Jakarta – Authorities in Jakarta and Palembang, South Sumatra, are still considering the school reopening plan.
Jakarta deputy governor Ahmad Riza Patria said on Monday that the Jakarta administration was still studying the plan to avoid making any mistakes, antaranews.com reported.
"The Jakarta administration has yet to decide to reopen schools. We are still studying the plan," he said.
Riza said the administration did not want the school reopening to trigger new cases, as had happened in other countries.
Therefore, the Jakarta administration was preparing supporting facilities for online education, such as a free internet service called JAK Wifi that could be accessed by all residents of Jakarta.
"Basically, we hope the education program can run as [planned], amid the pandemic," he said.
The Palembang city administration, meanwhile, is reluctant to reopen schools as the city has been classified as a red zone.
Palembang deputy mayor Fitrianti Agustinda said on Monday that the city would likely postpone the reopening of schools, particularly elementary and junior high schools.
If the city decided to reopen schools, she said, it would be done very carefully and in coordination with the Indonesian Medical Association (IDI) and the Palembang COVID-19 task force.
Previously, South Sumatra Education Agency head Riza Pahlevi asked high school principals to prepare to enforce health protocols.
Nevertheless, Riza said that the decision to reopen schools would depend on regional administrations, adding that school committees would need to ask for parental approval prior to reopening schools.
Education and Culture Minister Nadiem Makarim previously announced that the government would give local administrations, school administrators and parents the authority to decide when to resume face-to-face education.
"School reopening can be done immediately or in stages according to each region's capability and the decision of the regional leader. Schools wanting to reopen must fulfill the checklist for face-to-face teaching. The new policy allows schools in red zones to reopen," Nadiem said on Nov. 20.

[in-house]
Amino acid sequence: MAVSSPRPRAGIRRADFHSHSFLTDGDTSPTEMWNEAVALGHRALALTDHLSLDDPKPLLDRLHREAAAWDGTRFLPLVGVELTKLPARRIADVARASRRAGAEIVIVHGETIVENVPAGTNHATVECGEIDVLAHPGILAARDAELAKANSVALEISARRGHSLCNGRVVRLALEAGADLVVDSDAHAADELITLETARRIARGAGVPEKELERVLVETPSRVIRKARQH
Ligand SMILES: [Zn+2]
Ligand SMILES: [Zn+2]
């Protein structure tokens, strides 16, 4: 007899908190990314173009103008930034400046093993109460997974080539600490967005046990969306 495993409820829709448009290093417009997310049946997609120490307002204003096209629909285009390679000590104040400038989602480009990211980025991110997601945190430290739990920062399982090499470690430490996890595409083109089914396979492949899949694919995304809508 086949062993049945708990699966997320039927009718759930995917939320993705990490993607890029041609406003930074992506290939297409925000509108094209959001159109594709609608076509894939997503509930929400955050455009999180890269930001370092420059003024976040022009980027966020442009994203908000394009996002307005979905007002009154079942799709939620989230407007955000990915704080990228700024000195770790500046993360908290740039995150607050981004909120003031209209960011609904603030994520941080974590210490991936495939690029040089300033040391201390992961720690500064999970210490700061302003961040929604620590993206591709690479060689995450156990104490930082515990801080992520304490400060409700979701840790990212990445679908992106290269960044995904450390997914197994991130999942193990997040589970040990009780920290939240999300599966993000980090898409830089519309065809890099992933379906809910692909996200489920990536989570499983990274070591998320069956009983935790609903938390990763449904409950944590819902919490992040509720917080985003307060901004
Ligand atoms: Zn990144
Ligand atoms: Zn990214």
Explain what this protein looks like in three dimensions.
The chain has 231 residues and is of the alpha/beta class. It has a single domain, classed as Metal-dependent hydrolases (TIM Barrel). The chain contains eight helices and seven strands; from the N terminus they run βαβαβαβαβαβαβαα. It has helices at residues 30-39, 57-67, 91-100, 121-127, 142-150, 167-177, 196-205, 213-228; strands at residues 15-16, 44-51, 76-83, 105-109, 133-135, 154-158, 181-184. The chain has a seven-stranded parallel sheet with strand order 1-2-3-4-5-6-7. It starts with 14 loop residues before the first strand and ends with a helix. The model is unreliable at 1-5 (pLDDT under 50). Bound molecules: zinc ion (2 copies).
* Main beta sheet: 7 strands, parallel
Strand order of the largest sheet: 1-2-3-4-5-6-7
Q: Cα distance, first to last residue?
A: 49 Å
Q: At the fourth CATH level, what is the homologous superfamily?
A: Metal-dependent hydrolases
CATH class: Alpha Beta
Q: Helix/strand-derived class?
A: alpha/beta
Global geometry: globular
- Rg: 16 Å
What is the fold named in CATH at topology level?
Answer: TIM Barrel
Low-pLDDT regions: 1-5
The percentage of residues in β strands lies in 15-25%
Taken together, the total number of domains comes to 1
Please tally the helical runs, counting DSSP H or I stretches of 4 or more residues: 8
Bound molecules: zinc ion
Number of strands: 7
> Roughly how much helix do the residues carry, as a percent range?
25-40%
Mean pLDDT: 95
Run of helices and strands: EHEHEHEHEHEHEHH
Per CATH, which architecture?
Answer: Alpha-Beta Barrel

He added that the central government had received several requests for school reopening from regional administrations that had argued that some parts of their administrative areas were safe enough for in-person education.
Some organizations have expressed concern about the plan.
The Indonesian Pediatric Society (IDAI) said reopening schools would lead to an increase in COVID-19 cases.
IDAI chairman Aman B. Pulungan pointed out that even developed countries had reported rises in infections after allowing in-person learning to resume, such as South Korea, France and the United States.
"Delaying the plan to reopen schools could reduce transmission. Every person in and around school premises, including teachers, staff and the public share the same risks of getting infected and infecting others," Aman said.
Network for Education Watch Indonesia (JPPI) national coordinator Ubaid Matraji said regional administrations and schools should not hastily resume face-to-face teaching, as they needed to pay extra attention to the danger of coronavirus transmission on school premises.
"The government should stop pushing face-to-face teaching, since there has been an increasing trend of new daily cases in red zones," Ubaid said on Dec. 4, as quoted by kompas.com. (jes)